kai-m-green

By: Kai M. Green

SOURCE: Everyday Feminism

Photo Credit: Adreinne Waheed

“Straighten out your wrist, Brotha!” When my boxing coach yelled these words, I knew his call was about more than perfecting my jab.

I have experienced the demands of Black masculinity and the responses to my failure to perform properly are not all that different from the experiences of failed masculinity that I felt within Black lesbian communities.

But it is true, I am now a young Black American Male. People usually assume that I am somewhere between the age of 15 and 20. I’m 28.

The world is unkind to Black bois. The world is unkind to Black girls. But the way our gendered bodies are policed is different. Black bois are assumed thugs, thieves, rapists, and overly aggressive.

I knew this already, but I feel it more now like when I got kicked out of a Hollywood store because the owner assumed I was there to steal something.

He didn’t just make that assumption. This white man came over and hovered over me yelling for me to get out and to never return because “he knew my kind.”

I spoke calmly, but he kept yelling. I couldn’t help but think, “this man can’t see or hear me.”

He could only see what he believed to be true about young black bois, and it didn’t matter who I was, who I had been, or who I might become. My future and past were predetermined in his mind.

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We need to build relationships between men and women that allow space for both parties to grow.

We need to build relationships between men and men, women and women, that allow space for both parties to move freely.

The gender binary affects us all in detrimental ways. And while masculinity may seem to offer more room, it also has its limitations.

And femininity, if only understood as masculinity’s property, is detrimental to women and other people who identify as femme.

“Straighten out your wrist, Brotha!” When my boxing coach yelled these words, I knew his call was about more than perfecting my jab.

I have experienced the demands of Black masculinity and the responses to my failure to perform properly are not alI that different from the experiences of failed masculinity that I felt within Black lesbian communities. 

But it is true, I am now a young Black American Male. People usually assume that I am somewhere between the age of 15 and 20. I’m 28.

The world is unkind to Black bois. The world is unkind to Black girls. But the way our gendered bodies are policed is different. Black bois are assumed thugs, thieves, rapists, and overly aggressive.

I knew this already, but I feel it more now like when I got kicked out of a Hollywood store because the owner assumed I was there to steal something.

He didn’t just make that assumption. This white man came over and hovered over me yelling for me to get out and to never return because “he knew my kind.”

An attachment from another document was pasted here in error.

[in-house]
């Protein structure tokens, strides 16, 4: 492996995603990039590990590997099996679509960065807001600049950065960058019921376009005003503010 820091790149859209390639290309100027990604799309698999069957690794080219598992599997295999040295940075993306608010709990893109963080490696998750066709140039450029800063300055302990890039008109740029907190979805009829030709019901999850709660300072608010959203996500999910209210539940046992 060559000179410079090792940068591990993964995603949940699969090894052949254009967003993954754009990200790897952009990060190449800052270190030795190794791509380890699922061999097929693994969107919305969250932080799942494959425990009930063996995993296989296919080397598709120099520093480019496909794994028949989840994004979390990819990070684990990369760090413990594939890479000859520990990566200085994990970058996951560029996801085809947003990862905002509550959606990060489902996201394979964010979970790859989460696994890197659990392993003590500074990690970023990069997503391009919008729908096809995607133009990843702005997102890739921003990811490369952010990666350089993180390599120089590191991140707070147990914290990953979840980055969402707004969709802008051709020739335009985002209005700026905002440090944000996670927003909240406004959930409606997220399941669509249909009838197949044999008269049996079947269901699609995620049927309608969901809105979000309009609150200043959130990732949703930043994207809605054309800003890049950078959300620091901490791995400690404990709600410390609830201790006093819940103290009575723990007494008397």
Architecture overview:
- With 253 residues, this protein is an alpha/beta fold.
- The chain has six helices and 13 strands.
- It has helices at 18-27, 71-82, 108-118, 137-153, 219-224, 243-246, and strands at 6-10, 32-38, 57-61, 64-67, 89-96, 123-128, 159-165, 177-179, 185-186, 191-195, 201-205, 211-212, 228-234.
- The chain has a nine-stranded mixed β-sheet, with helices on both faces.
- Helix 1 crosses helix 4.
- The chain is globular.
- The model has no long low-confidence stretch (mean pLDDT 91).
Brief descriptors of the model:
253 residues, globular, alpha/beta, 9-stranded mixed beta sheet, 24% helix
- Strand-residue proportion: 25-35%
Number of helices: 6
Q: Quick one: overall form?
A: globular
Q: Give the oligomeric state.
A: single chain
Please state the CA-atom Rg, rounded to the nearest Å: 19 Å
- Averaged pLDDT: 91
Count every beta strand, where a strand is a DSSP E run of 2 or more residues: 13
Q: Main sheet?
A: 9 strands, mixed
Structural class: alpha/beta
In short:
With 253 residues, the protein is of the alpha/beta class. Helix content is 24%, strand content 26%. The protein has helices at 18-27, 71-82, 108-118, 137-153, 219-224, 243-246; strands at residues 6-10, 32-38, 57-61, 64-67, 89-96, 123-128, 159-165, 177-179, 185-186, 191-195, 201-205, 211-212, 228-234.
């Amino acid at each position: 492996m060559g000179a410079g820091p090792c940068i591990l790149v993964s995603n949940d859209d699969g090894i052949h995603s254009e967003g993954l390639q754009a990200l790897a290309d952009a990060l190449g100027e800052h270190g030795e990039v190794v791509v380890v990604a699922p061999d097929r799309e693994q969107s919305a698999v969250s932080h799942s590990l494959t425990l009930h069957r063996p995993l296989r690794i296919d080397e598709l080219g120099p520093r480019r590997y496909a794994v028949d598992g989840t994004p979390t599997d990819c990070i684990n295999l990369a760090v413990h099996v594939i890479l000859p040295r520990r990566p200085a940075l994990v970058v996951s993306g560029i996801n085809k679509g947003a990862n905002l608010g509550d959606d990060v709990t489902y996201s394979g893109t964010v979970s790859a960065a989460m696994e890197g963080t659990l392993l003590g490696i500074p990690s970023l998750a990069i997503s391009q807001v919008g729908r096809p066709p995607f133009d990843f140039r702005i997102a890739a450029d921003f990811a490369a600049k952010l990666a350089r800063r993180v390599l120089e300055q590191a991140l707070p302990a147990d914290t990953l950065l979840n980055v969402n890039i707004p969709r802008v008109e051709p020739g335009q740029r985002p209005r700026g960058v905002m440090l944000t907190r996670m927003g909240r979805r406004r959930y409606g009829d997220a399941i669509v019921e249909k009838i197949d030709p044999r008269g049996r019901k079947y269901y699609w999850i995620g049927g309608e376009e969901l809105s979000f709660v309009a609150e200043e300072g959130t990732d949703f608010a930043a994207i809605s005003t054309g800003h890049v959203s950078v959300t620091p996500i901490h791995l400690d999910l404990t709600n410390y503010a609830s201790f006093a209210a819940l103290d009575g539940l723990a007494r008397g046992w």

I spoke calmly, but he kept yelling. I couldn’t help but think this man can’t see or hear me.

He could only see what he believed to be true about young black bois, and it didn’t matter who I was, who I had been, or who I might become. My future and past were predetermined in his mind.

I was the dangerous body that needed to be policed.

And Black women have it too. Bearing the brunt of pathology, the Black woman has been told that she is the reason why Black people suffer. Because she has been too strong and emasculating. Because she is crazy and angry.

She needs to be put in her place by Black men and those outside her racialized community.

When my boxing coach told me to straighten out my wrist, it came after lots of criticism around my push-up form, my strength (or weakness). The way my body moved was sub-par especially in comparison to this ripped Black man.

I have gone from being a big, strong looking Black woman to occupying the body of a young, lanky Black man. The more my body masculinizes, the more I feel my femininity stands out as contradictory to those who invest in normative types of masculinity.

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The Homie.

#PhoenixRising #ItTakesAVillage #Impermanence
The first quarter of 2015 unexpectedly pulled the rug frunder my feet and temporarily knocked me out completely. I thought everything was turned upside down with my acute clarity about the impact of my being taught from childhood through adulthood to lovingly engage with my perpetrator for over thirty years without his ever being held accountable.

I now understand that this newfound acute clarity about both the painful contradictions and the critical need to move forward is turning everything right side up…

Quoting from the brilliantly clairvoyant author Octavia Butler (Parable of the Talents) whose Spirit LIVES!

“In order to rise
From its own ashes
A phoenix
First
Must
Burn”

Over the past 30-days Marie R. Ali, Enid Lee, Tyrone Smith, Tiona McClodden Rochelle Grayson, Tracy Fisher, Francisca Alexander, Theresa Lewis-King, Liz Alexander, Heba Nimr, Pat Clark, Heidi Renée Lewis, Amita Swadhin, Lisa Diane White, Kai M Green, Amina Wadud, E Nina Jay, Cara Page, Rachel Elizabeth Harding, Sonja Ebron and Jonathan Crowley’s solicited presence/wisdom/counsel/insights during this intense time of extreme HIGHS (in the public sphere) AND devastating lows (in the private sphere) in tandem with my vipassana meditation practice are priceless gifts.